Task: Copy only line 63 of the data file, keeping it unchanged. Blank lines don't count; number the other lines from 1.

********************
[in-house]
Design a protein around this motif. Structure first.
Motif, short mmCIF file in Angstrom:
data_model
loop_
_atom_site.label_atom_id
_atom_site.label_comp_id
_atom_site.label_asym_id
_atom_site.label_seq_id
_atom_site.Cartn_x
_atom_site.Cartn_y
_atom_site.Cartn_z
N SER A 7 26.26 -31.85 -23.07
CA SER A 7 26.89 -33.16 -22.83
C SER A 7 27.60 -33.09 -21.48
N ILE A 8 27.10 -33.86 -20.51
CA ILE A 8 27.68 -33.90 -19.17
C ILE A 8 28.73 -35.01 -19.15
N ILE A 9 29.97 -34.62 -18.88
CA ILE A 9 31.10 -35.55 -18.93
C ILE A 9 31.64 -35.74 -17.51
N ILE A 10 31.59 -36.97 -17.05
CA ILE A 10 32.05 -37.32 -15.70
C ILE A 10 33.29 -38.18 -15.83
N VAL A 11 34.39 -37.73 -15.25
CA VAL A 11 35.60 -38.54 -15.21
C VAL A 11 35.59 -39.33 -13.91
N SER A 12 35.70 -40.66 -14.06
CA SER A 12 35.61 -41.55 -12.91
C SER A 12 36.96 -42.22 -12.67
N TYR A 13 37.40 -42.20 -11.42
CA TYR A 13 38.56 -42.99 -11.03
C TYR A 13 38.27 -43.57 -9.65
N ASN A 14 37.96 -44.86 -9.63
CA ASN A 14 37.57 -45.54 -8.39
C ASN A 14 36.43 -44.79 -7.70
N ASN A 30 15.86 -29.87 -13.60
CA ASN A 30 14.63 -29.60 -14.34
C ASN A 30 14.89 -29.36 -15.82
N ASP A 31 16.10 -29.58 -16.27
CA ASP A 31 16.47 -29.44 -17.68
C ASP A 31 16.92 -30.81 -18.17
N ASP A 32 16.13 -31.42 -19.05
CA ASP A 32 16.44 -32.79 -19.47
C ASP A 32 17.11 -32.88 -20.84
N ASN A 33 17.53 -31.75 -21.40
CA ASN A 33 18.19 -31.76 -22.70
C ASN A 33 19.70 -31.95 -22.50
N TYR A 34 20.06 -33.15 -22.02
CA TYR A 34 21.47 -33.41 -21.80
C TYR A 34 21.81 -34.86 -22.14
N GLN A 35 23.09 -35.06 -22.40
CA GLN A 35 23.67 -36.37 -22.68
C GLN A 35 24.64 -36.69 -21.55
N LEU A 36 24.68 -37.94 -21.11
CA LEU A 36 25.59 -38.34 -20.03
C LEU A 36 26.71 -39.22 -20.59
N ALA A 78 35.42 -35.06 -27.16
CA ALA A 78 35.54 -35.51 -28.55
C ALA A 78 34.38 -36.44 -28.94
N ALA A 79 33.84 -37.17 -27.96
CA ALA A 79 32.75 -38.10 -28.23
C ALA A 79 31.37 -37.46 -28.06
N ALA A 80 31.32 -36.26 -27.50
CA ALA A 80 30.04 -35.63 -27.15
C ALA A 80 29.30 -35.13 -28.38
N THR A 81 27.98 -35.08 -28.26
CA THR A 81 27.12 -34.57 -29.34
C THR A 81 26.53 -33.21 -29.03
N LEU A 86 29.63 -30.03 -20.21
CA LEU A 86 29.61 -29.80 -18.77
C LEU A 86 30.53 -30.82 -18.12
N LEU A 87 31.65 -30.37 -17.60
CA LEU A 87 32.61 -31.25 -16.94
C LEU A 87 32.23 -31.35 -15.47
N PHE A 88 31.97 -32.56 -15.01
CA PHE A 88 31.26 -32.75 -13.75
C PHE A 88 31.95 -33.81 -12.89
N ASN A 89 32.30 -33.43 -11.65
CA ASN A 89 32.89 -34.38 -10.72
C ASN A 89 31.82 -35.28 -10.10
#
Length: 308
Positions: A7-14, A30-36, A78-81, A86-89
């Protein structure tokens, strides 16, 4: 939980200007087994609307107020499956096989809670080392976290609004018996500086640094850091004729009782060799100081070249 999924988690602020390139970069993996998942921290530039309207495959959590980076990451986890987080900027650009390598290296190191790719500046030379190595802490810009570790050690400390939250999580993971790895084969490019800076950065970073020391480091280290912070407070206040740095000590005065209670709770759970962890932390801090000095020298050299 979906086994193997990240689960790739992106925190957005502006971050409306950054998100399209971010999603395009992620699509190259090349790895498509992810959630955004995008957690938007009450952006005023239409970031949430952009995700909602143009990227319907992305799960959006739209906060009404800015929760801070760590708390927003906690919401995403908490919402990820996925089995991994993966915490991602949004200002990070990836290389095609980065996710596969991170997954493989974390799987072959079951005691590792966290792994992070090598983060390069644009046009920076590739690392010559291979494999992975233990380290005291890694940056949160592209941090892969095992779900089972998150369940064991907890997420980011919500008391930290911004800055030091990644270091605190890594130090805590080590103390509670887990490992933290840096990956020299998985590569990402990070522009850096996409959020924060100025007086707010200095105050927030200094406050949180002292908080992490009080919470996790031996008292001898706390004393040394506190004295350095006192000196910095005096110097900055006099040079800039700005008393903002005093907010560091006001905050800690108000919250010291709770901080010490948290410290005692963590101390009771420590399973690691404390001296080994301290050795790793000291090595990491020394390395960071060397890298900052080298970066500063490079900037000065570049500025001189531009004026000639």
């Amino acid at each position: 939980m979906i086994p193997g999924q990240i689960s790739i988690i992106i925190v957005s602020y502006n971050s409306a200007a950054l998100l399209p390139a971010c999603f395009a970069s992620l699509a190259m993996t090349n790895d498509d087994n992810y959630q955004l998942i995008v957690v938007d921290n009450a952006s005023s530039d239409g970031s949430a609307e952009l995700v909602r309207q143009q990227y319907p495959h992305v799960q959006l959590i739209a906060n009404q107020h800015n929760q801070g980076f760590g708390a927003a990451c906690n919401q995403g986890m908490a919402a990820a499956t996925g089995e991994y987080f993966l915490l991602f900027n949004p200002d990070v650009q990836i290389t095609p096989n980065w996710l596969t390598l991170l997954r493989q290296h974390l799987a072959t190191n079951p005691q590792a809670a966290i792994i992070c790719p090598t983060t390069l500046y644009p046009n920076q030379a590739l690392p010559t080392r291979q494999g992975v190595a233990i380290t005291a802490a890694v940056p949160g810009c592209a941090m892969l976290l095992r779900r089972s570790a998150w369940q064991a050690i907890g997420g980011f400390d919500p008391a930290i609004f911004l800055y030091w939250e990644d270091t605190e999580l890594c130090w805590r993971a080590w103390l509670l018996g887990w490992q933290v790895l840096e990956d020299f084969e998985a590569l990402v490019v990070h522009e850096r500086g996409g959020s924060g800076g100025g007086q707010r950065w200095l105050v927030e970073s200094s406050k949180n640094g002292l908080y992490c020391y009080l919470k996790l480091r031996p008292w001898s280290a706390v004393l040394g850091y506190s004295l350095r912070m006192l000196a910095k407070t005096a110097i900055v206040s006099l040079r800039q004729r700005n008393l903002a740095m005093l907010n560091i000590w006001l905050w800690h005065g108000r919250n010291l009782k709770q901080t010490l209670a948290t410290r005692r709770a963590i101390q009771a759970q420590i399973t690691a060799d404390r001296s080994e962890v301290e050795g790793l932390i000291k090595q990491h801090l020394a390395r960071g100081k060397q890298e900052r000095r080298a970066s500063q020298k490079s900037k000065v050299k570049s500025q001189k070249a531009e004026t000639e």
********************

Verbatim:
C ALA A 79 31.37 -37.46 -28.06